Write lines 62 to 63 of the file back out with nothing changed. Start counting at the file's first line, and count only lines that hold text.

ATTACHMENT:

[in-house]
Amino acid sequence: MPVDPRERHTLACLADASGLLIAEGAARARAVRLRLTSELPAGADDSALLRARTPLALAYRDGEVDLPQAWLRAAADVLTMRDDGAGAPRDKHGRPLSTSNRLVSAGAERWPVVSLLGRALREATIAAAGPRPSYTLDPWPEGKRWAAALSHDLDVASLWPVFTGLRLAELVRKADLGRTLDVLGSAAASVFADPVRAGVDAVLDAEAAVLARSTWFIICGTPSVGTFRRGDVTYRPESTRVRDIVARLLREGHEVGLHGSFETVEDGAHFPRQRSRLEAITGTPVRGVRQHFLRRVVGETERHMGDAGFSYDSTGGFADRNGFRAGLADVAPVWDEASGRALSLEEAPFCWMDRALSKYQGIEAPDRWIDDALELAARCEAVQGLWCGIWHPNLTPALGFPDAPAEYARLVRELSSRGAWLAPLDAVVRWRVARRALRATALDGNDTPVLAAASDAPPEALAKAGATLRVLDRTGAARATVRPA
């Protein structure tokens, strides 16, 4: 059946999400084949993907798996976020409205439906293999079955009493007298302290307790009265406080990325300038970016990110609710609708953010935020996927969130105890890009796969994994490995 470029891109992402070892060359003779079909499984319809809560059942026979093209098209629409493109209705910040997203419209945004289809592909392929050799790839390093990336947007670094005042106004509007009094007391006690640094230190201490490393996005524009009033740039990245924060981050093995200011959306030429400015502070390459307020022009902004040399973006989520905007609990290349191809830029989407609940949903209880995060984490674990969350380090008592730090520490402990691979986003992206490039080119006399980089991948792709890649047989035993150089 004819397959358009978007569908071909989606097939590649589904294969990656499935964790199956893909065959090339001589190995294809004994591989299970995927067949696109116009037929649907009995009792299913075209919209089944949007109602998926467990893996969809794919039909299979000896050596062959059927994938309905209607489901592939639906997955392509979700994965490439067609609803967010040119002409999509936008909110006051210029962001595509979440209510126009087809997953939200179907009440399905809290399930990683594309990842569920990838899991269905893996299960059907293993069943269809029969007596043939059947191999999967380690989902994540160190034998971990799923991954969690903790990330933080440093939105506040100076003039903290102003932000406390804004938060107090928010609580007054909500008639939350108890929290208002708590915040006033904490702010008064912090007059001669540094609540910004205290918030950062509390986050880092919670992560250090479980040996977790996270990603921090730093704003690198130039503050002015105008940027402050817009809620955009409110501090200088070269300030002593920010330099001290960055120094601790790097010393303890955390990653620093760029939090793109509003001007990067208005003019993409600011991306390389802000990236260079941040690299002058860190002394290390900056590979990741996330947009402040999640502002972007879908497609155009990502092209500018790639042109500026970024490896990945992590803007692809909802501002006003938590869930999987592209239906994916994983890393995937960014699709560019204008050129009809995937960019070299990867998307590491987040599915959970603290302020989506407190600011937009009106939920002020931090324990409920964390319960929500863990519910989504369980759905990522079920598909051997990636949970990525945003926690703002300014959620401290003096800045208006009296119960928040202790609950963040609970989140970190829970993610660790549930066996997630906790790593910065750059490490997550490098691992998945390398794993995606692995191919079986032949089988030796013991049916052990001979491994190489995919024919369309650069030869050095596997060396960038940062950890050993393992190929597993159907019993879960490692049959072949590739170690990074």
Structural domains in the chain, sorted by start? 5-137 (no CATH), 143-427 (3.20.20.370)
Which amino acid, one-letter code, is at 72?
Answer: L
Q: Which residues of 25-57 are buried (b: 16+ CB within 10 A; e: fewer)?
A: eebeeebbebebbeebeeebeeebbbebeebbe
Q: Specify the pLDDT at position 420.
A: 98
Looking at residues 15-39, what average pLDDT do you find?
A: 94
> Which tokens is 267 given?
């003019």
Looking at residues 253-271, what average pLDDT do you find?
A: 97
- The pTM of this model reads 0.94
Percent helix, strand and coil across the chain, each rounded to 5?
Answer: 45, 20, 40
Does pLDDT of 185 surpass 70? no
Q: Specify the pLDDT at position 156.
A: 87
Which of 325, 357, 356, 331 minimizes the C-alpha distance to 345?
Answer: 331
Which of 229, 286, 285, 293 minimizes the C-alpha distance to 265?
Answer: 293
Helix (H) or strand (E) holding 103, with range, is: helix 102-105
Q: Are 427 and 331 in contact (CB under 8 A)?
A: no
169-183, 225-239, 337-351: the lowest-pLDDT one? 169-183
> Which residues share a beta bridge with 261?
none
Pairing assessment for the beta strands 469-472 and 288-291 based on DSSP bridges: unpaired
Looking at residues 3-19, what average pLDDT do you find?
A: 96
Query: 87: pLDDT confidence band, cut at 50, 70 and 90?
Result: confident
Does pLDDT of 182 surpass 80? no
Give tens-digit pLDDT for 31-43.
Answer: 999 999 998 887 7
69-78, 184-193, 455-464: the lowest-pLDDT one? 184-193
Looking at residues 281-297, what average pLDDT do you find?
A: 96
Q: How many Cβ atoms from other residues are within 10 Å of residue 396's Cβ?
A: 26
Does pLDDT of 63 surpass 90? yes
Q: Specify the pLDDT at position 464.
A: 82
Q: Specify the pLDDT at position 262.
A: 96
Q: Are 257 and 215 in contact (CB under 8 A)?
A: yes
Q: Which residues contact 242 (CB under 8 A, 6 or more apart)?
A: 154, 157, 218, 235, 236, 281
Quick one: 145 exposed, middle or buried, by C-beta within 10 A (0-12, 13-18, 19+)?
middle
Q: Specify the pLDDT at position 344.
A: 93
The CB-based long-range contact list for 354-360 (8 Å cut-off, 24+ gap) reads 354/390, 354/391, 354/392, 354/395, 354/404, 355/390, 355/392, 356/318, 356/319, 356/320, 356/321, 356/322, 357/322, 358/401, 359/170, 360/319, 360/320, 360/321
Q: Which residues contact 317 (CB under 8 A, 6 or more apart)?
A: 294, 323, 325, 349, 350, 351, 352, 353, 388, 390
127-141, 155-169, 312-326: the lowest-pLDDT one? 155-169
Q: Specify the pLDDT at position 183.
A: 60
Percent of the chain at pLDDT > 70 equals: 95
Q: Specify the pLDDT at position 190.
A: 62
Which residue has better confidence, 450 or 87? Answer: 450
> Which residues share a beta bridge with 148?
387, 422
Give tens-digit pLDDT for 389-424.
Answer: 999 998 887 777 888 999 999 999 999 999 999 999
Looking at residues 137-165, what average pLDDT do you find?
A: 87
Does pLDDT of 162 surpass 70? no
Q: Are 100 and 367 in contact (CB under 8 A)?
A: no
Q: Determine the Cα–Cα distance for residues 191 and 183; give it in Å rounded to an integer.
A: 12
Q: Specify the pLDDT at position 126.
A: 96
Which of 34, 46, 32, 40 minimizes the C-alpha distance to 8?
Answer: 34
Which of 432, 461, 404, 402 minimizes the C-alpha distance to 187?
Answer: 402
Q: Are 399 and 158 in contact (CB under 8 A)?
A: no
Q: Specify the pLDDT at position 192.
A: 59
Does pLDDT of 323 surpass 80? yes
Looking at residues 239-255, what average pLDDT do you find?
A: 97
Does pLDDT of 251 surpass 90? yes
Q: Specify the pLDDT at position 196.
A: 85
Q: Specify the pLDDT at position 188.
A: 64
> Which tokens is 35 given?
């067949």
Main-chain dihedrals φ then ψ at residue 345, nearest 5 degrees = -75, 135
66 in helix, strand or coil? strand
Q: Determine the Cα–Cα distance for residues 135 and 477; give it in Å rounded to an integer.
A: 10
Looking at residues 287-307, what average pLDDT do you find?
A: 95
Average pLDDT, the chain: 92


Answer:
127-141, 155-169, 312-326: the lowest-pLDDT one? 155-169
Q: Specify the pLDDT at position 183.